Learning to thrive with ERP

It doesn’t matter what it is or who you are, we all want to get the most out of the things we spend our time and money on.  It’s no different when it comes to deploying new business applications – especially ones as important as ERP.

A great maxim to keep in mind when you’re involved in an ERP project of any kind is: you get out of it what you put in.  Think about this for a minute and you’ll see what I mean:

  • Some of your best people will be involved throughout the lifetime of the project and beyond
  • They’re going to learn a lot about your processes, data, systems, and people
  • They’re going to learn a lot about working collaboratively together as a high-performance team
  • You’ll be living with what they create for a long time

With ERP you’re not just getting a technology-based solution.  With some planning and smart thinking up front, you are creating a key group of business experts who have learned how to thrive with a technology solution they’ve helped create for your business.

That sounds a lot more like real business transformation, doesn’t it?  So how can you make this happen?

Let’s start by giving these high-performance teams a name that will help define what they really are – communities of practice (CoP). CoP often start being discussed towards the end of a project. By that time much of the value-adding business opportunities have gone. Establishing CoP at the very start of the journey means greater reward and transforms how things get done. Here’s how high-performing CoP can help:

  • Be self-aware of their importance to the business from the outset
  • Review current business processes and practice
  • Identify opportunities to make things better, quicker, and more cost effective
  • Design new ways of working that suit your culture and ethos
  • Design ways to measure and report on those new ways of working
  • Try out and test what the build
  • Communicate and educate others on the new solution
  • Be the guardians of the solution and continually improve it

That bullet list looks a little like a traditional waterfall approach, right?  It needn’t be. As with high- performing projects running faster and better generally, CoP iterate through these stages continuously, in an agile, nimble manner. To learn how to do all this, CoP need to be working with experienced ERP experts who understand and champion the CoP approach. CoP members can and should be learning as much as they can from the experts while they are around. These expensive 3rd parties aren’t – and shouldn’t – be there for long.

So, there is as much value to be had working with external experts as there is in the technology solution created and deployed. Here’s just a few examples of what an agile, empowered approach to ERP learning can help deliver:

  • Community of practice start up and mobilisation - so they understand what it is they are going to be part of, and how they are central to the success of the project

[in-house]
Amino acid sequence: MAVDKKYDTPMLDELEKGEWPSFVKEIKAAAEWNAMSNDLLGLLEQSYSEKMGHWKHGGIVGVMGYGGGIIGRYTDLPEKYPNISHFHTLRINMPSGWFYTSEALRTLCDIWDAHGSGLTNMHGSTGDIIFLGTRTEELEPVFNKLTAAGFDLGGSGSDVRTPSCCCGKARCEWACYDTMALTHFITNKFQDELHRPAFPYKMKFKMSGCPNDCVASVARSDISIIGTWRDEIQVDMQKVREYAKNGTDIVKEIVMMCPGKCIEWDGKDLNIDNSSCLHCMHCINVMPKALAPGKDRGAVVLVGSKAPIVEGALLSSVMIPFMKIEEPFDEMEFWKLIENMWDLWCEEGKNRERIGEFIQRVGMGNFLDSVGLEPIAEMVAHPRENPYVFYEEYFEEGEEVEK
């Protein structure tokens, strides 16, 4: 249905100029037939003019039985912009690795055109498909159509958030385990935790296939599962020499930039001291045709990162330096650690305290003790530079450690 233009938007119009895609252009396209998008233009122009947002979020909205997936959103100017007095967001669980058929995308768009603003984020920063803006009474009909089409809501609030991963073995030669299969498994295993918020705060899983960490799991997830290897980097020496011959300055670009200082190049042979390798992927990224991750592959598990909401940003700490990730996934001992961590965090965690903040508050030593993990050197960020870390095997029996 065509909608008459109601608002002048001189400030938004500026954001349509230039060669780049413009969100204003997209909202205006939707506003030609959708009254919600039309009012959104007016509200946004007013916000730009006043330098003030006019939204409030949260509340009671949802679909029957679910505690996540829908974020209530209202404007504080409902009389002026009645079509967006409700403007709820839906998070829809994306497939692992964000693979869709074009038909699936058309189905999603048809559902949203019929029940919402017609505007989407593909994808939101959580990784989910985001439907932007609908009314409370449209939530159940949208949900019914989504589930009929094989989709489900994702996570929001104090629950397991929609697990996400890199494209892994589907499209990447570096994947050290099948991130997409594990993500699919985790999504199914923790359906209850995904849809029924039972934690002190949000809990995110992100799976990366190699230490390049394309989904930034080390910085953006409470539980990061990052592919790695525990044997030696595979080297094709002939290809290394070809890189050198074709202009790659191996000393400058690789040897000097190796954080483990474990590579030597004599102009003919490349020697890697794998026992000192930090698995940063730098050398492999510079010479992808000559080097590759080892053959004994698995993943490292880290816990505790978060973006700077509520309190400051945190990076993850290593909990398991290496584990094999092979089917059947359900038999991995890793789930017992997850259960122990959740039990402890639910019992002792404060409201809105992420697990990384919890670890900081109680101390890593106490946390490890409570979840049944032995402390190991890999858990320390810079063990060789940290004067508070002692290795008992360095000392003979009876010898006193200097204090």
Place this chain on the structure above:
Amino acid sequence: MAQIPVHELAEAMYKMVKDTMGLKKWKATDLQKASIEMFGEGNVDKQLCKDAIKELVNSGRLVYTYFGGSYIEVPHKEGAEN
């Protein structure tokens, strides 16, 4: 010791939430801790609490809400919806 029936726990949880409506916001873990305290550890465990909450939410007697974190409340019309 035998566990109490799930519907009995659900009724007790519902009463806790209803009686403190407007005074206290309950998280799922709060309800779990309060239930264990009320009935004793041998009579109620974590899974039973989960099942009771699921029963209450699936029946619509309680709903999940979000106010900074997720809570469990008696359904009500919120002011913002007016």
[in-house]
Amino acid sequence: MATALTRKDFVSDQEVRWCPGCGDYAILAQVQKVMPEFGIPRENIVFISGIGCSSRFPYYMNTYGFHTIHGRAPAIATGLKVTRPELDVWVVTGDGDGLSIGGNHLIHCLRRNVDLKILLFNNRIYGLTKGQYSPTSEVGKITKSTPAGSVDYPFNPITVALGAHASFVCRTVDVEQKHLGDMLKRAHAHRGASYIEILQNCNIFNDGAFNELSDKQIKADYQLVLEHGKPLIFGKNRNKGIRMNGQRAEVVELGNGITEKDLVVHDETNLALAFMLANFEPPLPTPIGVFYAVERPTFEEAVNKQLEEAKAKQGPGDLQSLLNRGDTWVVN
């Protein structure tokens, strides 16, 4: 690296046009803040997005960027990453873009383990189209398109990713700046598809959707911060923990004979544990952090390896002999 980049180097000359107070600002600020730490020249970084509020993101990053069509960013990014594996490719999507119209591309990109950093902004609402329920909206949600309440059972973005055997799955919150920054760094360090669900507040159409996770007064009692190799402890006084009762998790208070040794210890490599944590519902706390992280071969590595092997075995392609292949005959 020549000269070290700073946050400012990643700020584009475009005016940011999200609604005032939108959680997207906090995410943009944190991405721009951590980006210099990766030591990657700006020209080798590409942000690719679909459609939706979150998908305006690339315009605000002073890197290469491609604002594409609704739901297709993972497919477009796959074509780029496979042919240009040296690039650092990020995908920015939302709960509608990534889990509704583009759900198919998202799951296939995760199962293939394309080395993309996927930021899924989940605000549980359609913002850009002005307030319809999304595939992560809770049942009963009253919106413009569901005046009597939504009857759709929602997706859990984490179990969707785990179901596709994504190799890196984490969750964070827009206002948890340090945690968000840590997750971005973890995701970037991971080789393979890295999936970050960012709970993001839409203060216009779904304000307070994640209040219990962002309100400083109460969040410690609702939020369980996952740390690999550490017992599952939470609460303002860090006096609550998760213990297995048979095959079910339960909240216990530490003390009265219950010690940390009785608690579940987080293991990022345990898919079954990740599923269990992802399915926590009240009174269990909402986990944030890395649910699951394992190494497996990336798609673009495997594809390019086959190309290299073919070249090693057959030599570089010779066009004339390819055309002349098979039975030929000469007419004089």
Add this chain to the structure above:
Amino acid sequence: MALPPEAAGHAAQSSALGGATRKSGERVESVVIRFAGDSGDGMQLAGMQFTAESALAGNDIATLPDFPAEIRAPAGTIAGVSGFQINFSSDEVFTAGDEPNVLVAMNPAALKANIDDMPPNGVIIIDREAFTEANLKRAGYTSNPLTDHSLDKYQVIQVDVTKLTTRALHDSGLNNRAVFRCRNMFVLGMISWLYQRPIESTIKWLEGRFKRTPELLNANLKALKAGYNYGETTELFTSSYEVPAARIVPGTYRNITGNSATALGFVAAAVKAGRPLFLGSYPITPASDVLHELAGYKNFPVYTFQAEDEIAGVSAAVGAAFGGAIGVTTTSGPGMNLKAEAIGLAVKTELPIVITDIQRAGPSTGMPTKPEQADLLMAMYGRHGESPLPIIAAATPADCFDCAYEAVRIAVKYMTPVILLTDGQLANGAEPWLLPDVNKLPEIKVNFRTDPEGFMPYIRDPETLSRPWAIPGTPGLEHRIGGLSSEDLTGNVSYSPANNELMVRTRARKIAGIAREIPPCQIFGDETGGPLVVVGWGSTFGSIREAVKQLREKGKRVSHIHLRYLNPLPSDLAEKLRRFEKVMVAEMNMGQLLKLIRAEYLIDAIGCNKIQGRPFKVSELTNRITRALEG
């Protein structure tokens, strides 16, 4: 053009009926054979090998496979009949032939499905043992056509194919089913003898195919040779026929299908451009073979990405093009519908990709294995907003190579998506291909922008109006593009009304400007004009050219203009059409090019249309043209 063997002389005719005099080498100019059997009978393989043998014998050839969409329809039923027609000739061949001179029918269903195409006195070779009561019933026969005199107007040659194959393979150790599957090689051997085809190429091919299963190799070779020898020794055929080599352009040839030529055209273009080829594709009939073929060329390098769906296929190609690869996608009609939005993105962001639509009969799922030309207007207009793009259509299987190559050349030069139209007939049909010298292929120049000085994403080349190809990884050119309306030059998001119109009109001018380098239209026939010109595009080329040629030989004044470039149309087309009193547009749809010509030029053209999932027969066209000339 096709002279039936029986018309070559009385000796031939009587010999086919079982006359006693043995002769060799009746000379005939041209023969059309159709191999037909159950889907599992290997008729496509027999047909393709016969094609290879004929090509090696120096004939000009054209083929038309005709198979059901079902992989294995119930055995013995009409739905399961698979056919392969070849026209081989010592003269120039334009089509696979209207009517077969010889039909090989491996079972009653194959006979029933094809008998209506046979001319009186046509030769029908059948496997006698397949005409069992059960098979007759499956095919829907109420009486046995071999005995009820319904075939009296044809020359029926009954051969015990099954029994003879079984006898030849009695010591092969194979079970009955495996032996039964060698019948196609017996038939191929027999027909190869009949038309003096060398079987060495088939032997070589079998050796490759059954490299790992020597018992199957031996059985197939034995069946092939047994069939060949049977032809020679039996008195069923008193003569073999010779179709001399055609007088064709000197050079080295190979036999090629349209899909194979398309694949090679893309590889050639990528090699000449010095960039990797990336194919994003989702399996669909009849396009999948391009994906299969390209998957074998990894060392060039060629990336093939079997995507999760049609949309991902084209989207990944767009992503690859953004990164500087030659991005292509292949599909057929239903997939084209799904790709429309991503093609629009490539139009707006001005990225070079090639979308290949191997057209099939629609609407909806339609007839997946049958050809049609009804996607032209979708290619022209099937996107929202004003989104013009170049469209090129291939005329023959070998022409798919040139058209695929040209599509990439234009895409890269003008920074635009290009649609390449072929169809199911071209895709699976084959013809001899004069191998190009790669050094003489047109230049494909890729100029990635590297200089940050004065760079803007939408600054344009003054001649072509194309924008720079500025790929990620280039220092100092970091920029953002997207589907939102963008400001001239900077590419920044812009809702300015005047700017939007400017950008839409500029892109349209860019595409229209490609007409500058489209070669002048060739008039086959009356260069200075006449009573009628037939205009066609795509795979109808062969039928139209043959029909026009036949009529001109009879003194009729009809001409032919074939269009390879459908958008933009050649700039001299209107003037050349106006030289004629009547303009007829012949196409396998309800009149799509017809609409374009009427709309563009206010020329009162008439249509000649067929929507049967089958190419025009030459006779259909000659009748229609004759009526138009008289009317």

• Pre-design up-skilling for team members new to the technology - so they understand what’s possible, run faster, and add greater value more quickly
  • Continual solution up-skilling - helping everyone stay up-to-date with new SaaS functionality, and vendor customer connect programmes
  • Iterative business scenario testing - so CoP can continuously check and confirm that the solution fits the business
  • Learning product content development - so they can put all that they’ve learned into business- specific user support services
  • Education and training - so CoP can show and tell everyone how to get the best out of the solution
  • CoP social media communication - so they stay connected with the business
  • Centre of Excellence enrichment - providing CoP business expertise and insight that supports continuous technological improvement

Given the special opportunities ERP projects offer you and your business, it’s obvious that learning should be baked into what you’re doing right from the outset.  And it is learning we are talking about here. Training is important and still has a significant role to play. But learning is where our focus needs to be. To get the most out of your investment, build communities of practice from the get-go. What they learn to do while doing the project is as valuable as the solution itself.

And they will be with you long after the consultants have left.

Neil How
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Neil How

Neil ran his first SAP transformation programme in his early twenties. He spent the next 21 years working both client side and for various consultancies running numerous SAP programmes. After successfully completing over 15 full lifecycles he took a senior leadership/board position and his work moved onto creating the same success for others.

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